Description/Application

  • Ceramic pigments, commonly referred to as stains, are blends of metal and ceramic oxides that have been fired and reground into a fine powder. Stains are sold as a solid powder or liquid. Stains can be used as an underglaze, overglaze, glaze and slip1. Stains are desired since they maintain their color before and after firing.2 Most stains work best with low firing temperatures; as temperatures increase, colors may begin to change.

Resources

  • Stains are a mix of metal oxides that are ground into a powder. Many ceramic stains are proprietary, so recipes for colors are unavailable. Stain compositions vary per color and per company. Companies indicate the composition of stains with a naming system.

Environment

  • Stains require extraction of nonrenewable earth metals. Stains commonly contain rare metals such as chrome, iron, cobalt, aluminum, zinc, tin, nickel, copper, manganese and more.5 Mining metals, requires a lot of energy and causes damage to wildlife and water systems.6

Human Health

  • Stains contain a heavy metals and hazardous materials. Stains can “leach” or pass trace amounts of toxic metals from the piece to the user if used as an eating or drinking vessel.Leaching should be tested for if ceramics are used for food purposes.7   

Safe Use and Exposure

  • Upon firing, stains can release carbon monoxide and hazardous metal fumes.9 When firing, use a downdraft or overhood to avoid inhalation of fumes. Skin absorbs chemicals and pigments so when mixing stains use a utensil to stir and wear gloves. Wash hands after use and before eating, drinking or smoking. 8 Always wear a respirator if working around dry stain dust.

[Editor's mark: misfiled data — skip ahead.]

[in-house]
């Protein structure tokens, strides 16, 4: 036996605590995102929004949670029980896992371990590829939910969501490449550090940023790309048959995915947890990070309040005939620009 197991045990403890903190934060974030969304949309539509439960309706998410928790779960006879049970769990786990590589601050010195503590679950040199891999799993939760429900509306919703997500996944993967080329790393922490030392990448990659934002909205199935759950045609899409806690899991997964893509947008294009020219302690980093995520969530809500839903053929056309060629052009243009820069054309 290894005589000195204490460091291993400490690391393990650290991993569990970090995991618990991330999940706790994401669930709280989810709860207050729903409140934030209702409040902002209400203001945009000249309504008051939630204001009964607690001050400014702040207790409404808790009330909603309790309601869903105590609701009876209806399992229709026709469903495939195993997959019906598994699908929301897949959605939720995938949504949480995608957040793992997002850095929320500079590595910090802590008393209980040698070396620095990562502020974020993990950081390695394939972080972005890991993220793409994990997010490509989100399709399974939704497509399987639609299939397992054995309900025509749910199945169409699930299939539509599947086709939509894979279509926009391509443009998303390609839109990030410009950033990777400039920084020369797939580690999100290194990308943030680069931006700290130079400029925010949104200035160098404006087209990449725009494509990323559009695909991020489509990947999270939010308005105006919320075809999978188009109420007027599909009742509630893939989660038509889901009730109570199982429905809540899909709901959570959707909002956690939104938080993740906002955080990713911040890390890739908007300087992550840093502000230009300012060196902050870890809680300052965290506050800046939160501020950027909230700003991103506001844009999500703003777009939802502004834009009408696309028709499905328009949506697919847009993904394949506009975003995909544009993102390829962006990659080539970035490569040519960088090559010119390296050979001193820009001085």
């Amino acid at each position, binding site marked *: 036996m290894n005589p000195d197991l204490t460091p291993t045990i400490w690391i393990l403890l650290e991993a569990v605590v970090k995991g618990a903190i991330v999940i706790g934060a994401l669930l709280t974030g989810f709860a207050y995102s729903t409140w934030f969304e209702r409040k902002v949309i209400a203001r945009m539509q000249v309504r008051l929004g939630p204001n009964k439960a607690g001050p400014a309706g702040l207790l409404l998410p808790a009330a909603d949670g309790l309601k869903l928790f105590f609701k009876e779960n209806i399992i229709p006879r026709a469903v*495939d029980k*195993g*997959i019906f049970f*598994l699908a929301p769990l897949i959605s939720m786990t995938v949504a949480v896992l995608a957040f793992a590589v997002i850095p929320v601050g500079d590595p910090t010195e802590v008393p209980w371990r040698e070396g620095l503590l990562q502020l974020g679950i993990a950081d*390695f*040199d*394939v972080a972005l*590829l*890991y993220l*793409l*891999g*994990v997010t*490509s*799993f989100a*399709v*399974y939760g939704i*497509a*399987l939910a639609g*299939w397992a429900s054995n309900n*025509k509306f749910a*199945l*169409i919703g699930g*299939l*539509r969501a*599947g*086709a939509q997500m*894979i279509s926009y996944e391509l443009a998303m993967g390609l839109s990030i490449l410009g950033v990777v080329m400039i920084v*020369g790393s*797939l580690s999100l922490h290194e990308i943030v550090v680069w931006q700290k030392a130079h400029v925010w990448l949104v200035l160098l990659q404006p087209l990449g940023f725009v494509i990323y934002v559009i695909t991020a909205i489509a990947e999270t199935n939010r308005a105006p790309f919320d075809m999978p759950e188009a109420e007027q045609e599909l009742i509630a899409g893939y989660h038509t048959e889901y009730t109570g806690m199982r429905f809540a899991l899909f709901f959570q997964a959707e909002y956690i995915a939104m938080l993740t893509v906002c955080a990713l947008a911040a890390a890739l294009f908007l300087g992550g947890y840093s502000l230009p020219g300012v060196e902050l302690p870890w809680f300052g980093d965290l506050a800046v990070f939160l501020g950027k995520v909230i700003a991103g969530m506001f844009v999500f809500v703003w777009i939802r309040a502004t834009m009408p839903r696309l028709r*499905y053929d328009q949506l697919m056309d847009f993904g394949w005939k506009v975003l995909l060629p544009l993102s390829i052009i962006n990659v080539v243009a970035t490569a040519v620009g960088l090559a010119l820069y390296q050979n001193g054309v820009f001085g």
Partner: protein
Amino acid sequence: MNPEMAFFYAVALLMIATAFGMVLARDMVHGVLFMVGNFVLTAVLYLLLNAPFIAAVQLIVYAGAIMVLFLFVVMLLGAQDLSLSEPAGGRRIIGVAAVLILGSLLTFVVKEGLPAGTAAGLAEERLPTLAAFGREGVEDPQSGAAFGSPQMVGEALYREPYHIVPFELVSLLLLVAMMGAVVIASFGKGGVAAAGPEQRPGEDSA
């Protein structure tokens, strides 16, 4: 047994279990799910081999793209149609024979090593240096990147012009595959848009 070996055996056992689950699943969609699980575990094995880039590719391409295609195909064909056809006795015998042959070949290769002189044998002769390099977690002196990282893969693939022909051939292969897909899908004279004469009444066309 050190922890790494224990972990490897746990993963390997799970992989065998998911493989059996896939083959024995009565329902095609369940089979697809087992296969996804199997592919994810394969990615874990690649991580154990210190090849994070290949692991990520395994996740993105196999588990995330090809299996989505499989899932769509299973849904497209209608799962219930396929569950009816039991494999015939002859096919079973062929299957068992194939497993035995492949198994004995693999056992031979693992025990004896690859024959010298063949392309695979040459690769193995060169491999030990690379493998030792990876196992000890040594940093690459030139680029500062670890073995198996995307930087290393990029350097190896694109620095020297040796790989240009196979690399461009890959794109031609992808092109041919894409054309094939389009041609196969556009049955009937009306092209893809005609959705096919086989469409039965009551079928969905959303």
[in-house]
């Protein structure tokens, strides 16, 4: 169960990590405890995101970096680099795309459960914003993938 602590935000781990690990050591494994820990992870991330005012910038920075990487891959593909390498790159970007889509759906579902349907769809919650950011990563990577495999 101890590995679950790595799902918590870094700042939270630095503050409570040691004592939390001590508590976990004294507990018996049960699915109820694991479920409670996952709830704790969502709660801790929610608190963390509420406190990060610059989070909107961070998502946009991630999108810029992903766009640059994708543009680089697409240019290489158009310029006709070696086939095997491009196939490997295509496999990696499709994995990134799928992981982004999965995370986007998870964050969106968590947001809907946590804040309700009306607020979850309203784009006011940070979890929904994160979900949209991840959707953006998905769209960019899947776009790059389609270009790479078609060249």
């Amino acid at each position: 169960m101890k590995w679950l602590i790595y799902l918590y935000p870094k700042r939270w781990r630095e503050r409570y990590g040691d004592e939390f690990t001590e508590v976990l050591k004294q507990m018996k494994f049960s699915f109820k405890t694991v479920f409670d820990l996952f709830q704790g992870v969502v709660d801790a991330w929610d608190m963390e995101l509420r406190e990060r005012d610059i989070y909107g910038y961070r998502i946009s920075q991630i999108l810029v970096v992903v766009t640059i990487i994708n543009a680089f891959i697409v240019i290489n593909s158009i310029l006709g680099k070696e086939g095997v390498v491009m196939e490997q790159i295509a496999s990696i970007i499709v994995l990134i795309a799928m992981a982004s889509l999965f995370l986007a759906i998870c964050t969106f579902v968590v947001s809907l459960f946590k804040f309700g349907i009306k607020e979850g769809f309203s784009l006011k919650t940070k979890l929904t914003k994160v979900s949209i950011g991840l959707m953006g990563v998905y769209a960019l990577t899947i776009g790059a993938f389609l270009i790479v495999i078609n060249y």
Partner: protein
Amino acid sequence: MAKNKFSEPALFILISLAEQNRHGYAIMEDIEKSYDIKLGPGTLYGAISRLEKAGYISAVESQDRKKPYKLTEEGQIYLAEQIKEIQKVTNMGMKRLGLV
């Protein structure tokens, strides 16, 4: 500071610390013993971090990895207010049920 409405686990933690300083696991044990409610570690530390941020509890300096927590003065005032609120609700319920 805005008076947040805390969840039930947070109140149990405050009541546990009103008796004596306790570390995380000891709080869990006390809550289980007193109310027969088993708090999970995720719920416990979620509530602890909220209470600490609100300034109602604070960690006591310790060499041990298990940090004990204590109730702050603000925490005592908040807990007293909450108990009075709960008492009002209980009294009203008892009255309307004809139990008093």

Proper disposal

  • Do not pour any liquid stain down the drain. To dispose, pour unwanted glazes into a larger “slop bucket”. Glaze can be dried and discarded in the hazardous waste bin.  If spilled, soak up with a rag and discard in hazardous material bin.3 Donate any unwanted ceramic stains to givetake.

Safe Alternatives

  • Avoid stains that are marked with a CA Proposition 65 or CL Caution Label, which indicate toxic contents.9

Sources

  1. “Ceramic Stains”, About.com, http://abt.cm/2gNreLq
  2. “How to Add Color to Your Ceramic Art: A Guide to Using Ceramic Colorants, Ceramic Stains, and Ceramic Oxides”, Ceramic Arts Daily, http://bit.ly/2h4pcCH
  3. French Green Leadless Earthenware Glaze MSDS, http://bit.ly/2gF2PCV
  4. Chappell, James. “Stains”, The Potter’s Complete Book of Clay and Glazes. 147-151.
  5. “Mining and Refining – Process”, Aluminum For Future Generations, http://bit.ly/1MBSmTZ
  6. Chappell, James. “Stains”, The Potter’s Complete Book of Clay and Glazes. 147.
  7. “Are Your Glazes Food Safe or are They Leachable?”, Digital Fire, http://bit.ly/2g1N09W
  8. “Hazards in Ceramics”, goshen.edu, http://bit.ly/2he74Kl
  9. Mason Color Cobalt Zinc Silicate Blue Phenacite MSDS, http://bit.ly/2hzWPO0